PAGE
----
It was weeks and weeks before Mr. Grumbles could even get near her. She would have nothing to do with him. But he is a quiet man, and patient. And one day, as he relaxed in the living room in his recliner, she padded around the corner by the doorway. She stopped. She looked at him, and he looked at her. He patted his knee. And without another second’s hesitation, she galloped across the floor and jumped into his lap.

That was it, for Priscilla. That was her human contact. Her only bit of personal heaven with any two-legged animal. Papa’s lap. Papa’s arm, his shoulder, his knee. Mr. Grumble had never been a ‘dog person’. He hadn’t grown up with scores of pets like this game warden’s daughter had. He could take them or leave them. But Priscilla changed all that. The act of having a cold wet nose inhaling and exhaling quietly underneath his ear, of having a wispy black and white tail thumping on his knee...well. My crusty husband fell in love. And the feeling was mutual.

She didn’t evolve into an outgoing or overly affectionate animal. And she didn’t always want that closeness. Didn’t always want that touch. Wasn’t good at letting her guard down. But when she DID crave affection, it was made available. My husband would sit in his recliner. He’d tip the foot rest up just a little bit to make it into a ramp--for with her stumpy legs, she couldn’t jump very high—and he would say, ‘Do you want to cuddle? Do you want to come sit on Papa’s lap?’ And up she would go, to her bliss. A bliss that Papa shared. Two shy, somewhat quiet creatures, giving and receiving affection without fuss and without fanfare. Just the two of them--one offering caresses and soothing words, the other offering devotion and trust.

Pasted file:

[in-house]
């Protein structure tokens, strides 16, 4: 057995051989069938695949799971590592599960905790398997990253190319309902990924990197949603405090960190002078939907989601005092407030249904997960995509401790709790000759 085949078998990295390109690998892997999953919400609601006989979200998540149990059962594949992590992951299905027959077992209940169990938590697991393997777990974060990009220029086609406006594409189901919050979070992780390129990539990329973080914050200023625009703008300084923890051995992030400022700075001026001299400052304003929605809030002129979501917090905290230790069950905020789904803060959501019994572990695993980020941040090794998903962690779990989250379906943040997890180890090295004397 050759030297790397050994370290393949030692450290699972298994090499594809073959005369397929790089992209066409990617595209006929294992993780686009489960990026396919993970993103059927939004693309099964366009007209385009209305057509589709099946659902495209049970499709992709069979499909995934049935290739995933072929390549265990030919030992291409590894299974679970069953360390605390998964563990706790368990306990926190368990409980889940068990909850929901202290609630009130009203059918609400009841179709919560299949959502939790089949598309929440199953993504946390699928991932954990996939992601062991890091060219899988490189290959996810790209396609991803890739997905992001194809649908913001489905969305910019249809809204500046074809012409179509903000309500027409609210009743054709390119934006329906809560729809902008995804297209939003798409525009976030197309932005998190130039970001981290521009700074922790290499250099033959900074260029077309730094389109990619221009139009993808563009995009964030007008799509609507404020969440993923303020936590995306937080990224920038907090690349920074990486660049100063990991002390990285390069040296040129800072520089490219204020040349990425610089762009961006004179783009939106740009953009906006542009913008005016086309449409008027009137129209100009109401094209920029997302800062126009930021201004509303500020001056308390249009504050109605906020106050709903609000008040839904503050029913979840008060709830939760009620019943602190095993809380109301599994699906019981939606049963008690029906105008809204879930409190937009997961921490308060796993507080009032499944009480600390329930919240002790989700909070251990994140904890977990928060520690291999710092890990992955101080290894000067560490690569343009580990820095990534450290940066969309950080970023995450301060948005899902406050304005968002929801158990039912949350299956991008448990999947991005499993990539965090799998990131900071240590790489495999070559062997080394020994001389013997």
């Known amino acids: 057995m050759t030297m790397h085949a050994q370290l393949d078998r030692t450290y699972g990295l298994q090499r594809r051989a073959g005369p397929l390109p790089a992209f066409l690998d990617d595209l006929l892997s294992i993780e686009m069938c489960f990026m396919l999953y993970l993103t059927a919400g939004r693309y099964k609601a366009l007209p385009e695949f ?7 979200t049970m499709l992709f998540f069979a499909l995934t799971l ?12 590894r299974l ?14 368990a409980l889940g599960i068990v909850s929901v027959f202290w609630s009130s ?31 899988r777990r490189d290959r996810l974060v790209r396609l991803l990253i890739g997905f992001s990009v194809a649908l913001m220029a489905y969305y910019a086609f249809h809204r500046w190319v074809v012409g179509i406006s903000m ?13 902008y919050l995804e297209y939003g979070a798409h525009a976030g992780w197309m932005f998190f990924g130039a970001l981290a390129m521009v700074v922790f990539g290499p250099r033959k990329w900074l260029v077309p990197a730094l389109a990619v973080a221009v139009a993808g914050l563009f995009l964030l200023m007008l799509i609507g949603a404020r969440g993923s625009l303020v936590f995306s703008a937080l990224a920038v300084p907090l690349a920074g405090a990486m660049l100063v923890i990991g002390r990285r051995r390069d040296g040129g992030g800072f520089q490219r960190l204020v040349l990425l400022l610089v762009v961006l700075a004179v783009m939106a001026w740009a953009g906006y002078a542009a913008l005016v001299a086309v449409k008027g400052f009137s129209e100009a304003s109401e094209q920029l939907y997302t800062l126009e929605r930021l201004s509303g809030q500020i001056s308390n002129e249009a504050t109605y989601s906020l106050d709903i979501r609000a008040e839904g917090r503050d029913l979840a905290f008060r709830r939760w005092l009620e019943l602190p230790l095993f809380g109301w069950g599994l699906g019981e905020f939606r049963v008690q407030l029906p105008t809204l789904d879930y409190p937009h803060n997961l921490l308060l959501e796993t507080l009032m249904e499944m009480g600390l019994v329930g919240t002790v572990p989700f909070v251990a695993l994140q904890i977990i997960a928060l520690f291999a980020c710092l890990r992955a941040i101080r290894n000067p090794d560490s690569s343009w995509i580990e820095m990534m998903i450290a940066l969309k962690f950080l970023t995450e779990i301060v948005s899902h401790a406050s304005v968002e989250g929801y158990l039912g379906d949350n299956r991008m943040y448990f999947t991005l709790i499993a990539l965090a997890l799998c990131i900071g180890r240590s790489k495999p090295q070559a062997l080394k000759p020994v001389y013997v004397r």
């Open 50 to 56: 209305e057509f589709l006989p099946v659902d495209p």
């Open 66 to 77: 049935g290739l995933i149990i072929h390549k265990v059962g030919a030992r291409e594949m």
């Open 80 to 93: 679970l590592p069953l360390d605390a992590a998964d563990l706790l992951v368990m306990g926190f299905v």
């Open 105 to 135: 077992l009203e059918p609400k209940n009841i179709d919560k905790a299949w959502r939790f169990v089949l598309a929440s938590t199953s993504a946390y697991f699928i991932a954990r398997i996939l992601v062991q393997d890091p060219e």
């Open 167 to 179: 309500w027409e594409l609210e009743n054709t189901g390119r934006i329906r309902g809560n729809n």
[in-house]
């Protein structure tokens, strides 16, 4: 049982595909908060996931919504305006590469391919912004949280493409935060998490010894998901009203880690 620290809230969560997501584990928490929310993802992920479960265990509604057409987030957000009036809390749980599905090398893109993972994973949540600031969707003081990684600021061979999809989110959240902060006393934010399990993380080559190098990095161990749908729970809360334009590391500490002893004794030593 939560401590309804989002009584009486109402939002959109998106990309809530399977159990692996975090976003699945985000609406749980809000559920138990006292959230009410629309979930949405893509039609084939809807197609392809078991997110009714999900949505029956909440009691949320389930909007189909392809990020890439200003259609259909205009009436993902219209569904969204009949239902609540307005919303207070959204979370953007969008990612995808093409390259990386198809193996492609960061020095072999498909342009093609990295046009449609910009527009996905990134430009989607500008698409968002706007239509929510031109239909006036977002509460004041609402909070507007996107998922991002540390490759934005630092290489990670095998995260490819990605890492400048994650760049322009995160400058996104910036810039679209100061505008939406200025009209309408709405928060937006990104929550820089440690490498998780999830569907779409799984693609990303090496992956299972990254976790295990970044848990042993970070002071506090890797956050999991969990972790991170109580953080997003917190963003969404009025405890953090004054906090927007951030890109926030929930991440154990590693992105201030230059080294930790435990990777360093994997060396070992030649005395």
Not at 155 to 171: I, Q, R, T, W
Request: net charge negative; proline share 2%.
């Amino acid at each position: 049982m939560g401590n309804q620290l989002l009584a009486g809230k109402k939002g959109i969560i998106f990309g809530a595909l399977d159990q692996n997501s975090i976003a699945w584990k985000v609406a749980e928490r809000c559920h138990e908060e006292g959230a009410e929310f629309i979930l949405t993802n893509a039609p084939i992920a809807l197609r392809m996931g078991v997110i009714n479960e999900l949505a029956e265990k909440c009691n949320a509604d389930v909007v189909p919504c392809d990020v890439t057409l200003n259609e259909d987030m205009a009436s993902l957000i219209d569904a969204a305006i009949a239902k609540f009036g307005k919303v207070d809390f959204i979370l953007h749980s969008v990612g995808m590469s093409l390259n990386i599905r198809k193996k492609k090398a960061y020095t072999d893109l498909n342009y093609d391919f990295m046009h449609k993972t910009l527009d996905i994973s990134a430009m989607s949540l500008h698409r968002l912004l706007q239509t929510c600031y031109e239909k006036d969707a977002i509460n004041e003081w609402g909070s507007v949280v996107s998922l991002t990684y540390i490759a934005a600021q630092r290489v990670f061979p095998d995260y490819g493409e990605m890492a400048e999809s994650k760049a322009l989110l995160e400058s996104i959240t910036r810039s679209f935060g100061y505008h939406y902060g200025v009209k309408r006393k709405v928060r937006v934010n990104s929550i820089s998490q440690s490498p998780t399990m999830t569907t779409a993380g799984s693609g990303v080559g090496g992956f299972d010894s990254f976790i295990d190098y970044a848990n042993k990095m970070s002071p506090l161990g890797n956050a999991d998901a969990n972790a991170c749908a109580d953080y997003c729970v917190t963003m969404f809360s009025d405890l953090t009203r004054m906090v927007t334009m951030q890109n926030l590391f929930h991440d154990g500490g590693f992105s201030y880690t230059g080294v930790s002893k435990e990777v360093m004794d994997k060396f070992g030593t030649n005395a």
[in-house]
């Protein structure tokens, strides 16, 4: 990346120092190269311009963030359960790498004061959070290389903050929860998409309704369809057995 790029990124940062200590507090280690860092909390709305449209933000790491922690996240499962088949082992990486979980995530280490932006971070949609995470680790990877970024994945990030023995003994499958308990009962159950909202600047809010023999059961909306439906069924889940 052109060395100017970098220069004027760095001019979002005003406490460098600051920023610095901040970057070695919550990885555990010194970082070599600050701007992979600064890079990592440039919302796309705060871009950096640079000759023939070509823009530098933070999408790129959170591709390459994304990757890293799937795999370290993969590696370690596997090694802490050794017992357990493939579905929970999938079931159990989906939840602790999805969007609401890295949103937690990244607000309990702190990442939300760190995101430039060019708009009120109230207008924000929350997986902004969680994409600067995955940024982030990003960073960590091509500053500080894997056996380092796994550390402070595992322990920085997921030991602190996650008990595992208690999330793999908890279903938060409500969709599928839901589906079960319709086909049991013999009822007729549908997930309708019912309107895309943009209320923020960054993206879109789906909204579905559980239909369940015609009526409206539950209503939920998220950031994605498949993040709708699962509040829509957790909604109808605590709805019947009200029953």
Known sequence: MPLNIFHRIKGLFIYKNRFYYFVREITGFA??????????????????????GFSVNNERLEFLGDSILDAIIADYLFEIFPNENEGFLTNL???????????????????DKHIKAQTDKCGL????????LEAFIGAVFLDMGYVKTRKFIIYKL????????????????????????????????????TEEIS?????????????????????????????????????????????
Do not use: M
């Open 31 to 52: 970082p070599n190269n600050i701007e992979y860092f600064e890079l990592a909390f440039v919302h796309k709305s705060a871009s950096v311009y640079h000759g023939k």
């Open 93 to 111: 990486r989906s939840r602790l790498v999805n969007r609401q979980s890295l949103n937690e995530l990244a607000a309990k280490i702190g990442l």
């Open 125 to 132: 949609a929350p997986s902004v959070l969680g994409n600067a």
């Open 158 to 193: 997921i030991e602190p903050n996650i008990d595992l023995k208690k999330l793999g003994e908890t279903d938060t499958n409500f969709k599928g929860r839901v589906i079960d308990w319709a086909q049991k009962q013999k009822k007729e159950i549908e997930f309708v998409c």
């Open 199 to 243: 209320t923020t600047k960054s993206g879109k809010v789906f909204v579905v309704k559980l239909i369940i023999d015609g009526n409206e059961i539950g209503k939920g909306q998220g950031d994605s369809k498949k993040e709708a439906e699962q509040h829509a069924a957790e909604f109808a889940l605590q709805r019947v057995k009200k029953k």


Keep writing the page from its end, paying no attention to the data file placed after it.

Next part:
She was solitary. She was timid and withdrawn. But she made an impression on this family, nonetheless.

Cancer isn’t selective. Its victims come in all shapes and sizes, all breeds, and from all walks of life. It invades the good and the bad, cuts short the lives of the gregarious as well as the introverted. Cancer chose Priscilla, and I had to let her go.

For those who have had to make the decision to peacefully end a pet’s life--to end its suffering and allow it the same dignity in death as it tried to maintain in life--the final act is heart-rending. Yes, it is quick. It is merciful and pain-free. Pain-free for the pet, but not for the pet owner. Not for the family that has loved that grinning dog or that purring cat, that nibbling goat or that nickering pony. Oh, no. Not pain-free.

I chose to hold Priscilla in my arms as the vet administered the euthanasia. I caressed her and held my forehead to hers. I looked through my tears into those soft brown eyes--those eyes that had always held a bit of reserve, but incredible trust at the same time. I whispered and I crooned. I apologized for every wrong the world had ever done her. And I told that little, sick and quiet pup that she was going to be okay. That there were great things in store for her. That she was going to go cuddle with Papa. She was going to go sit on Papa’s lap. For as long as she wanted, this time. Her own bliss. Her own bit of personal heaven.

We are heart-broken. We’ve been through this before, and we know that time will help to make the hurt diminish. But tonight, that truth doesn’t comfort us. We’ve lost our dog. Our pet. Our friend. A member of our family. And the rest of us need each other tonight in a way that we usually don’t.

Because, you see...Priscilla is gone.

I’m going to go cuddle with Papa, and sit on his lap. That timid little dog taught this grown woman something important. I will remember it.

And I will remember her.